The month went something like this:
I kid you not, everyone in my family fell ill on November 1, and we alternated or overlapped viruses until the day I finished on November 26. And then miraculously that night, everyone became healthy and began to sleep again.
Once I let go of my tendencies as a planner and perfectionist, the writing itself came easily. It was freeing not to be constantly trying to make a thousand decisions about tense and voice and style and pacing. The goal for this month was to write. Furiously. So I made a few choices right off that bat and stuck with them until the end.
The toughest aspect turned out to be finding the time to write. I was cranky and stressed until I got at least four or five hundred words down each day, then I felt a little less cranky. (I knew that if I got behind on my word count I'd lose motivation to finish.) By the time I completed a decent word count of around 2,000 words each day, I was exhausted—and even crankier.
I broke the goal of 50,000 words on November 21, but the story was nowhere near finished. I thought I would spend the next week frantically trying to tie up the story, but boy did my enthusiasm wane. That week, we hosted Cricket's birthday party and Thanksgiving and I sent my sister's wedding invitation package to the printers. All I wanted to think about was buying Christmas gifts and mailing holiday cards! I officially called it on November 26, having written 60,107 words during the month for a total of nearly 90,000 over the last few years.
The finale was a bit anticlimactic since we jumped into Thanksgiving preparations the next day. But I'll admit: I'm proud of myself. Sure I took shortcuts on keeping the family going, consumed too much sugar and caffeine and let Cricket watch too much TV, but we'll recover from all that. The important thing is I've more or less got a draft of a novel in hand. A novel!
I am grateful to my husband for taking the girls out for little adventures on the weekends, so I could steal a few extra hours to write. He also encouraged me to keep going every time I told him that maybe this was a silly, worthless project. He has faith that I have a story worth turning into a book, even when I'm wavering. I am grateful to my girls for loving me through all my many creative distractions, this month and all the others. And I am grateful to all the rest of my friends and family for cheering me on. (My mom would send me emails that ended with: "P.S. Why are you reading this email? You should be writing!")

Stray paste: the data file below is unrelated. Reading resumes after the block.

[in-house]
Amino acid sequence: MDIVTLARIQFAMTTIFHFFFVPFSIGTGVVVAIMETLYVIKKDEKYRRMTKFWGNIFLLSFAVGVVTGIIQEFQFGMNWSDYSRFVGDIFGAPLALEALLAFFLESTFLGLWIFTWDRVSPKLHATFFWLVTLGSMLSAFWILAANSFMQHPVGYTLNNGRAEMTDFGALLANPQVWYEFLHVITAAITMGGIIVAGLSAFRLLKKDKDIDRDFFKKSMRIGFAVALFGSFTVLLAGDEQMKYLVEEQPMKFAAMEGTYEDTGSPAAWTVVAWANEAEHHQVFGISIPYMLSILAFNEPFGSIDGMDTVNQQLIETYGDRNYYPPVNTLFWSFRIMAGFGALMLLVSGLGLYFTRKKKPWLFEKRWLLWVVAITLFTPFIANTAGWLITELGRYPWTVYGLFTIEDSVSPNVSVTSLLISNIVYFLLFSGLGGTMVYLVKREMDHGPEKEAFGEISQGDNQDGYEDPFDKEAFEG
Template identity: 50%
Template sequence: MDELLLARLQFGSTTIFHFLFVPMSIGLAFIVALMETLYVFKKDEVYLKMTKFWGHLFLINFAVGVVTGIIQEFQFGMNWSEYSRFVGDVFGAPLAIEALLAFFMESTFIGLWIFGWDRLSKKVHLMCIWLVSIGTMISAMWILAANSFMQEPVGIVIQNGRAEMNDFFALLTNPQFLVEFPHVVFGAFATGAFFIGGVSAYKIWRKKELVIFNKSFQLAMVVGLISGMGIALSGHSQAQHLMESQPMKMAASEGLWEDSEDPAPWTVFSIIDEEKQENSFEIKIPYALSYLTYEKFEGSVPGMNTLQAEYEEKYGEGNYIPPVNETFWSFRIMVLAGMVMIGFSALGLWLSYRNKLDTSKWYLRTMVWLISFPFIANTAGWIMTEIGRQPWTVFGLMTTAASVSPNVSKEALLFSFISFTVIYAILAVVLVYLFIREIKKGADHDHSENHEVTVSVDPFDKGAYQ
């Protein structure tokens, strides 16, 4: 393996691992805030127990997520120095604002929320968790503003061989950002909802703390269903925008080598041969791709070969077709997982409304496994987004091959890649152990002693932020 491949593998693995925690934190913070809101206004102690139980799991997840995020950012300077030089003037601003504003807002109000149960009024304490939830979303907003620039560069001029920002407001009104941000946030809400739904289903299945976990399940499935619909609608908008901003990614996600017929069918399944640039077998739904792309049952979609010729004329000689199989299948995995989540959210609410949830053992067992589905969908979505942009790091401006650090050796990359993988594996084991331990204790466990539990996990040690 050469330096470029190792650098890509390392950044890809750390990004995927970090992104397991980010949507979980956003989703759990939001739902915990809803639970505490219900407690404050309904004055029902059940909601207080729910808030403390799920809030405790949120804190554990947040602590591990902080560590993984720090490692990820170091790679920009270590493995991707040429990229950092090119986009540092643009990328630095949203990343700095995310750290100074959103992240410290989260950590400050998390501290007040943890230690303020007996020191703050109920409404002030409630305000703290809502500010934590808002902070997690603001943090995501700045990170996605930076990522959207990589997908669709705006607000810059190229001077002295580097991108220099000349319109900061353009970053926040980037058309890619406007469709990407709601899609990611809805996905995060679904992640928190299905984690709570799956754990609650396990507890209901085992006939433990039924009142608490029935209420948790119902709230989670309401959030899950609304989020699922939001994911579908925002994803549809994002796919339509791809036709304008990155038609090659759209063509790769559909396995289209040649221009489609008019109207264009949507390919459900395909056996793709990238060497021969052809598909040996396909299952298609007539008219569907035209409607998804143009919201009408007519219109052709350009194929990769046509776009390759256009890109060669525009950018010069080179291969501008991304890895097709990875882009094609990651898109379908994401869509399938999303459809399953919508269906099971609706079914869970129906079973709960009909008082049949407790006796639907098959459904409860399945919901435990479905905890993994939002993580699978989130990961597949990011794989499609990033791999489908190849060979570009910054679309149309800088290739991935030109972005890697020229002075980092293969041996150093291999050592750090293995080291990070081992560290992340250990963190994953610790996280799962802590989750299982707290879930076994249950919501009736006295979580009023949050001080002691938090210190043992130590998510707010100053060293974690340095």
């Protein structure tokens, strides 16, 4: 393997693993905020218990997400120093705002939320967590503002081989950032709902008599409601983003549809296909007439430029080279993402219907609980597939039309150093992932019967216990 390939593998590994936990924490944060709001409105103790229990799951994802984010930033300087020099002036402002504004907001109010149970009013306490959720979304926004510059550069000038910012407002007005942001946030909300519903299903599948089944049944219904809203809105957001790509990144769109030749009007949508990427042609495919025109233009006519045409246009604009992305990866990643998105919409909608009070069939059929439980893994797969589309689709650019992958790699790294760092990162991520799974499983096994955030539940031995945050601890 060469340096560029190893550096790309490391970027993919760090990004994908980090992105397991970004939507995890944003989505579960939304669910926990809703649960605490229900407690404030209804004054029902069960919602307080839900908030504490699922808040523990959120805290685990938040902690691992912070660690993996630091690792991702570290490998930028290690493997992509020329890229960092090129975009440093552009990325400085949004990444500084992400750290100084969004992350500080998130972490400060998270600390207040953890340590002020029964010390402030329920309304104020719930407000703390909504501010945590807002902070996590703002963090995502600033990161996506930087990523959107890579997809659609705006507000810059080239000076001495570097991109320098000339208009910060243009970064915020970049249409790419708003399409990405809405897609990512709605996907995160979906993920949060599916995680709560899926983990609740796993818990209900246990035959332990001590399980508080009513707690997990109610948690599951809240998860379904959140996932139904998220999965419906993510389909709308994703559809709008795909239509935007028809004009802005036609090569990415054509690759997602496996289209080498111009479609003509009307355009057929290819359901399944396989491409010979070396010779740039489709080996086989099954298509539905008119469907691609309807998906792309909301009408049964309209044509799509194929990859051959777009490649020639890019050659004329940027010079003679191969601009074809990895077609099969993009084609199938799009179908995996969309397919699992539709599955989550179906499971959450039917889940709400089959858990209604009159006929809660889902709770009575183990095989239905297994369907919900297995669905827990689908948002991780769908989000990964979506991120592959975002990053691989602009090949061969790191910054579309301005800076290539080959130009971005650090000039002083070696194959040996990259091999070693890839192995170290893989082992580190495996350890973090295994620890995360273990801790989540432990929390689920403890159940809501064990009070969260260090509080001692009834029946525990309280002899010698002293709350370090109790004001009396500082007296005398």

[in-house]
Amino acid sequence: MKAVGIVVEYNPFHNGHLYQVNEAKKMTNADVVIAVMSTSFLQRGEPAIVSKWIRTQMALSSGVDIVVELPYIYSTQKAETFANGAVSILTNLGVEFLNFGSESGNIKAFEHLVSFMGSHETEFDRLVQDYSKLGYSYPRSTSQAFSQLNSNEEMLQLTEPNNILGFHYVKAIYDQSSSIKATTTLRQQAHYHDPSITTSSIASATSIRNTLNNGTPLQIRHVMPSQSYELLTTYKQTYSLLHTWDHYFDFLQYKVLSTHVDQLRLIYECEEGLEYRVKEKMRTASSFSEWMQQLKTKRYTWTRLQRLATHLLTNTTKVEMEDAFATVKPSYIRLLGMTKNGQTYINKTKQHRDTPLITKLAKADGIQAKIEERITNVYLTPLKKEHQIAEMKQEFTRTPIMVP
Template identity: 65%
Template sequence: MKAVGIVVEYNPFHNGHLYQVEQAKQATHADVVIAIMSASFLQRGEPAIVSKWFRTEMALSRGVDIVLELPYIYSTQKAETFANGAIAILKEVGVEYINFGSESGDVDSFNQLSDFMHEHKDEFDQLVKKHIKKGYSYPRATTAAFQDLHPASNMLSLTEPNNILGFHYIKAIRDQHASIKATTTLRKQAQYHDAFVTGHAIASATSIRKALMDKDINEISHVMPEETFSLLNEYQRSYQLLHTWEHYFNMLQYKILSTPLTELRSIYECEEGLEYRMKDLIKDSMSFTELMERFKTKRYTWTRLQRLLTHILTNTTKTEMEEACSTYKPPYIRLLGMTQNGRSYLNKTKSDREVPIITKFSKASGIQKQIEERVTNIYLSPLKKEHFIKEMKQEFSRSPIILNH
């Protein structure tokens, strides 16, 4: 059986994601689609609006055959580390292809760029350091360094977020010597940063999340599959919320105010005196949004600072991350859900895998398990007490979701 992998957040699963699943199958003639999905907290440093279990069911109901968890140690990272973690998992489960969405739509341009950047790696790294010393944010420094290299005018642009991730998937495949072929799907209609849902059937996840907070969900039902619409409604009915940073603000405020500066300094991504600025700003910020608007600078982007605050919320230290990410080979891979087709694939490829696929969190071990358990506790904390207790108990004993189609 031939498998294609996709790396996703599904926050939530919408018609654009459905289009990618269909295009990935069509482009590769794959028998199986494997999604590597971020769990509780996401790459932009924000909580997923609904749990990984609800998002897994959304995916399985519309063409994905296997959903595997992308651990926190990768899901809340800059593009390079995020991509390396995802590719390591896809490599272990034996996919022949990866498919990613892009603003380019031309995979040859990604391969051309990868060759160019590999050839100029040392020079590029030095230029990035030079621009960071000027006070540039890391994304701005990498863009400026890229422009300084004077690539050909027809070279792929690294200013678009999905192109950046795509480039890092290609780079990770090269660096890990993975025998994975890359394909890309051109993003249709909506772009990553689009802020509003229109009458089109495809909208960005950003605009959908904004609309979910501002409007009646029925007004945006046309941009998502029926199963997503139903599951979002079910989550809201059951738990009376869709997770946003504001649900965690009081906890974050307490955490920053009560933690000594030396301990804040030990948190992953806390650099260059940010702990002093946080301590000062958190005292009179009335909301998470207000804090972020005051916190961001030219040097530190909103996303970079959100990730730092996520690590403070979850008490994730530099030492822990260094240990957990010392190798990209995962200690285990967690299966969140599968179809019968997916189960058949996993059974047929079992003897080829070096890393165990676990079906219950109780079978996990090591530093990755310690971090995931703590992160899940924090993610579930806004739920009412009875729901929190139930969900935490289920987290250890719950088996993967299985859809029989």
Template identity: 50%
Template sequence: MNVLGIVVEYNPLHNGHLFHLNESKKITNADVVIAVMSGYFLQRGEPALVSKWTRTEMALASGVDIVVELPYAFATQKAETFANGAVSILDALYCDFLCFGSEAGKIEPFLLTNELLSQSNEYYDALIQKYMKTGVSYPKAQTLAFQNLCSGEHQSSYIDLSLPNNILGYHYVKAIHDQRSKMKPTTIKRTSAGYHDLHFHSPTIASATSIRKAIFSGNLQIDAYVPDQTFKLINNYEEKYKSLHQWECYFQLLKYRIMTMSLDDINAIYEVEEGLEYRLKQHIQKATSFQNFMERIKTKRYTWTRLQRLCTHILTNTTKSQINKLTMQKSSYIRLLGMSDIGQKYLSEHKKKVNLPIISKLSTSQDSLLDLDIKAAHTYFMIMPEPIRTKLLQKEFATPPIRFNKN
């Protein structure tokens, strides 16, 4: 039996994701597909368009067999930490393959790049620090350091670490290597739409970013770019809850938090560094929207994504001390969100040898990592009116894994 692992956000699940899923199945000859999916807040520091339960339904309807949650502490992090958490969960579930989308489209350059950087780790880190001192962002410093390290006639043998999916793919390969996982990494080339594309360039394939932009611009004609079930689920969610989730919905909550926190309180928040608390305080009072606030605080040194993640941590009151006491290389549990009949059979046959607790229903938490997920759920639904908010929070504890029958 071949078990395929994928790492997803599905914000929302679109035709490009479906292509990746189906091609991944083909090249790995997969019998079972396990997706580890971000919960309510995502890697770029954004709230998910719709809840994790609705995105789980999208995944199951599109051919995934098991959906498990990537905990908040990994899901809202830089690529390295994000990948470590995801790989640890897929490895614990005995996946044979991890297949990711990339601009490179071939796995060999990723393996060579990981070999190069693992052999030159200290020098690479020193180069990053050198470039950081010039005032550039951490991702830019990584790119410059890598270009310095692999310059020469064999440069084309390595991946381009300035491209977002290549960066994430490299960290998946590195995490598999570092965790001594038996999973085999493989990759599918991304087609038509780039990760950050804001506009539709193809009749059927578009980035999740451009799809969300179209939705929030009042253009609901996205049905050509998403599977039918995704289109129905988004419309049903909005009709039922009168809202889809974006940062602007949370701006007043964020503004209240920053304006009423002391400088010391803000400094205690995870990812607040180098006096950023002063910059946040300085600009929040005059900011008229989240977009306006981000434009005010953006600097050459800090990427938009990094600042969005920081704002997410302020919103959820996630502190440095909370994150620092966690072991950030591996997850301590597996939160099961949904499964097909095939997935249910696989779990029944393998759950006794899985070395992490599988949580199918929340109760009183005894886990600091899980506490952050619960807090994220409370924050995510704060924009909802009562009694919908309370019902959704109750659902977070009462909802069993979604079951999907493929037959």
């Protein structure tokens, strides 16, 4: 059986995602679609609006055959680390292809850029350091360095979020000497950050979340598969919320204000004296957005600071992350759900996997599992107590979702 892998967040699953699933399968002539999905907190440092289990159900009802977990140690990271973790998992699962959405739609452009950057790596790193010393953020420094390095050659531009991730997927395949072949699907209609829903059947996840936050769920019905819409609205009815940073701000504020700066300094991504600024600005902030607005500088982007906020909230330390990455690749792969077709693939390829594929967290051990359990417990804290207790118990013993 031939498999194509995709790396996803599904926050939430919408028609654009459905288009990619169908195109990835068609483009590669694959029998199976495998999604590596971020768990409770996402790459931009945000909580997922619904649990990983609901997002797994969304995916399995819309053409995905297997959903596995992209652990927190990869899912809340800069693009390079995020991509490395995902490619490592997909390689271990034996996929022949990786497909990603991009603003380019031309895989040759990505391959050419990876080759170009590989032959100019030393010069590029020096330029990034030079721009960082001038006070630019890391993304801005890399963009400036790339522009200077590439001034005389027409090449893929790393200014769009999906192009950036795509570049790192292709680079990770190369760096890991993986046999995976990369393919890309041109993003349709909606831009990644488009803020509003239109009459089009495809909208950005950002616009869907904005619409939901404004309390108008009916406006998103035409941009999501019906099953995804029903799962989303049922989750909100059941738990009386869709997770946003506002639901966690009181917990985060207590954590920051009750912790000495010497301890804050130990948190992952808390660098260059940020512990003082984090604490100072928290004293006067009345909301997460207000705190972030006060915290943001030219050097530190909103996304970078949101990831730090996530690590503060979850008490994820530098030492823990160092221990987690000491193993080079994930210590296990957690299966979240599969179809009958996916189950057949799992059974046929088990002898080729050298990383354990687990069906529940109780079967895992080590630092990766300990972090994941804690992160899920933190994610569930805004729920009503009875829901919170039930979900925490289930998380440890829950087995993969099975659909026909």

Would I participate in NaNoWriMo again?
Yes and no. With my commitment to my young kids and Calm Cradle, November was grueling. I felt continuous guilt over sneaking in writing time at the expense of spending time with to the girls, and with so little sleep on top of so little sleep, adding an intensive writing project to our life was challenging. That said, this intensive exercise fit my personality well. I've also been brewing this story for four years, so I had a lot of pent-up ideas ready to hit the page when it was go time.
Although I don't envision participating again in the next couple years, if I finish this project and have another story idea in the future, when sleep is more predictable and the girls are in school, I would absolutely consider participating again.
Advice on joining NaNoWriMo
Announce to your family and friends that you are participating in NaNoWriMo for three reasons: you need their support, they need to know why you're ignoring them and it will keep you accountable. I wrote a post here announcing my goal, then posted word count updates on Facebook along the way. I didn't want to have to slink away after telling everyone I'd write 50,000 by the end of November, so I had to keep writing.
Write as much as you can the first weekend, then try to write something each day. My sister gave me the great advice to jam the first few days to get ahead and boost my confidence. It worked. Even if you can't make your word count goal each day, don't get out of the habit of writing or you'll quickly lose momentum.
Develop a game plan, then adjust to reality: My schedule is unpredictable, because it revolves around when my girls are napping, entertaining themselves and sleeping at night. Some days, none of those things happen. Other days, some of those things happen. (They never all happen in one day, right?) So it was difficult to have a strict writing regime. Throughout the month, I realized that if I could find a few minutes here and there throughout the morning and get four- to six-hundred words down before nap time, I'd be in the writing mindset and have my daily word count goal in sight when Nora went down for a short nap. You can write a lot in 45 minutes if you know it's the only time the house will be quiet all day. I also wrote in the evenings if I needed to finish up, but ideally I'd have my word count done by then so I could spend some time catching up on the more menial tasks I had on my plate that day.
Remind yourself every 20 seconds that if you stick to your guns, you'll write the draft of a novel in just one month. Squeezing in time to write a few thousand extra words each day on top of your regular life is tough. But it's concentrated. You'll be flipping the calendar in just 30 days, so let the laundry pile up, don't even consider vacuuming the house and make the kids entertain themselves.
We have a celebratory dinner date planned for this week, and you better believe there will be champagne. Buckets full. Maybe next year you'll be celebrating, too?
Above: A ranch nestled between the Gore Range and the Blue River in Summit County, Colorado. As of now, the story ends right around here.